That’s because in a class action the plaintiffs have to be “representative” of the class they are supposed to represent. If they are not then the class will not be certified and all the litigation can do is bind those plaintiffs who are actually present in the case.
As reported by Publishers Weekly, a recent decision kills the “class” part of the Google Books litigation:
A two-judge panel of the Second Circuit Court of Appeals yesterday rejected an $18 million settlement in the long-running class action suit filed by freelance writers following the landmark Tasini case, and in the process have likely killed the chances of a revised Google settlement. In a 2-1 ruling, the second circuit yesterday held that the district court which approved a settlement between freelance writers and publishers in the class action case known shorthand as Freelance “abused its discretion in certifying the class and approving the Settlement, because the named plaintiffs failed to adequately represent the interests of all class members.” New York Law School’s James Grimmelmann didn’t mince words. “The Google Books settlement—any settlement—is now dead,” he noted. “There is no square one: this case is going back to litigation.”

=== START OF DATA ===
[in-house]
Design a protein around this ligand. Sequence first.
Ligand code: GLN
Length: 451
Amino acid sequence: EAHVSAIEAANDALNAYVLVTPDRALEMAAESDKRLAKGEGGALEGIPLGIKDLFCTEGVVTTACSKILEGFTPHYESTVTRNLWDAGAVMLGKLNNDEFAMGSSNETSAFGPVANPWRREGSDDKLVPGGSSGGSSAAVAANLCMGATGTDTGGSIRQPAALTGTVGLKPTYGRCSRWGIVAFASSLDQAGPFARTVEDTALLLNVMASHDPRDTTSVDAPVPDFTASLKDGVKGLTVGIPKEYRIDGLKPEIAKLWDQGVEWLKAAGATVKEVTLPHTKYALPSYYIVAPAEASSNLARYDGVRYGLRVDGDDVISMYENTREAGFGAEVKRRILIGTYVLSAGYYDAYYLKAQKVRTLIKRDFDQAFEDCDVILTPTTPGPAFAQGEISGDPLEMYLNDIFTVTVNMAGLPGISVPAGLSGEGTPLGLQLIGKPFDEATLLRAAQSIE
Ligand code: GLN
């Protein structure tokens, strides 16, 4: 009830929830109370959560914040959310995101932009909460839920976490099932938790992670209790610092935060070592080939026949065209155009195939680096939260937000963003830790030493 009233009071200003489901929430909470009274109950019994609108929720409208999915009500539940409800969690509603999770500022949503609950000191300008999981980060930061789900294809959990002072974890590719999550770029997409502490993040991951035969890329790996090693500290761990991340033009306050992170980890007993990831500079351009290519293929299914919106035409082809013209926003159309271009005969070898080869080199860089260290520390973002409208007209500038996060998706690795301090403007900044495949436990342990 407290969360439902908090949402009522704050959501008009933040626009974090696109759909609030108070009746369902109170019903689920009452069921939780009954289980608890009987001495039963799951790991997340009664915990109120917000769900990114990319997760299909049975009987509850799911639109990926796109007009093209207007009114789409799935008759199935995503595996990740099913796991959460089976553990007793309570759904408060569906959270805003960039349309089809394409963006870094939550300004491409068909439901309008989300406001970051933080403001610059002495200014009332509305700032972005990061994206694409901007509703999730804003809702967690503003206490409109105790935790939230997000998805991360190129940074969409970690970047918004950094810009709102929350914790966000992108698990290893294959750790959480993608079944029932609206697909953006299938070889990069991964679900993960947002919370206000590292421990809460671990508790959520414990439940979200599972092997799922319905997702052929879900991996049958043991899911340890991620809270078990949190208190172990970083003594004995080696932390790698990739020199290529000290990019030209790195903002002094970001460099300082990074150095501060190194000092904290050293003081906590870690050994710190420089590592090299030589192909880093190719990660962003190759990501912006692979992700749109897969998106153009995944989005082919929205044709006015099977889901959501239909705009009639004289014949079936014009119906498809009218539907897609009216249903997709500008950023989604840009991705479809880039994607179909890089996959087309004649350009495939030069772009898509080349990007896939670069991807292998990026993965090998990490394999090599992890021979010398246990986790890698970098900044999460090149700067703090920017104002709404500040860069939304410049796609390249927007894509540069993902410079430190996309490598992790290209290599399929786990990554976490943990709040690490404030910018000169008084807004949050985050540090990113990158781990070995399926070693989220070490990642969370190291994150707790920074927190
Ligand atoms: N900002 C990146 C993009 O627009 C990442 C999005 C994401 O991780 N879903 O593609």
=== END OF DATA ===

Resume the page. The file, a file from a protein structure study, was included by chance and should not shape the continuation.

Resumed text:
That’s because the Second Circuit in Freelance has now essentially ruled that big, general author classes are too broad to be certified, and cobbling together a suitable slate of subclasses in the Google case would be an arduous task. “Creating subclasses that track these different groups, then supplying them with their own skilled lawyers, and putting everyone in a room together to knock out a new settlement, it just isn’t going to happen,” Grimmelmann observes. “The expense would be absurd, it would take months, or, more likely years to pull off, and I still can’t imagine those negotiations succeeding, especially not after the level of vehement opposition to the original settlement.”
From my perspective, as a lawyer, this all makes perfect sense and it is ending up just where it should.